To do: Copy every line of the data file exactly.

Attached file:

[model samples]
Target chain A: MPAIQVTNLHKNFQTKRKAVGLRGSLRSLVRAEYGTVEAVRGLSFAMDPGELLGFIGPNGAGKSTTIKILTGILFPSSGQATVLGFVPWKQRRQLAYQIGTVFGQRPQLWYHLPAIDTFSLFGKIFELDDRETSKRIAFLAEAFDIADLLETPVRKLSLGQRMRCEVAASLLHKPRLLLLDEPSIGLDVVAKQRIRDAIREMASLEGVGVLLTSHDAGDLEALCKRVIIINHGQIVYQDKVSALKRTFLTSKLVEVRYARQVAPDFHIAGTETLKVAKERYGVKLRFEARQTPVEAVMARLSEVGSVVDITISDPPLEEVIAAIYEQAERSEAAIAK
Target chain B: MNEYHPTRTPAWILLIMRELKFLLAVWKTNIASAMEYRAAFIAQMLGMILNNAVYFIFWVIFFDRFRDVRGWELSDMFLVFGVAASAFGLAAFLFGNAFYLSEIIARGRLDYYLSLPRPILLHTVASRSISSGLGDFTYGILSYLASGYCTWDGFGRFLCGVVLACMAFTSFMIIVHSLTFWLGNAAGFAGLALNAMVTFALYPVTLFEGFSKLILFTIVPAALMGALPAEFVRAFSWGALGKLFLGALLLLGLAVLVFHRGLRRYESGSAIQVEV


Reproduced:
[model samples]
Target chain A: MPAIQVTNLHKNFQTKRKAVGLRGSLRSLVRAEYGTVEAVRGLSFAMDPGELLGFIGPNGAGKSTTIKILTGILFPSSGQATVLGFVPWKQRRQLAYQIGTVFGQRPQLWYHLPAIDTFSLFGKIFELDDRETSKRIAFLAEAFDIADLLETPVRKLSLGQRMRCEVAASLLHKPRLLLLDEPSIGLDVVAKQRIRDAIREMASLEGVGVLLTSHDAGDLEALCKRVIIINHGQIVYQDKVSALKRTFLTSKLVEVRYARQVAPDFHIAGTETLKVAKERYGVKLRFEARQTPVEAVMARLSEVGSVVDITISDPPLEEVIAAIYEQAERSEAAIAK
Target chain B: MNEYHPTRTPAWILLIMRELKFLLAVWKTNIASAMEYRAAFIAQMLGMILNNAVYFIFWVIFFDRFRDVRGWELSDMFLVFGVAASAFGLAAFLFGNAFYLSEIIARGRLDYYLSLPRPILLHTVASRSISSGLGDFTYGILSYLASGYCTWDGFGRFLCGVVLACMAFTSFMIIVHSLTFWLGNAAGFAGLALNAMVTFALYPVTLFEGFSKLILFTIVPAALMGALPAEFVRAFSWGALGKLFLGALLLLGLAVLVFHRGLRRYESGSAIQVEV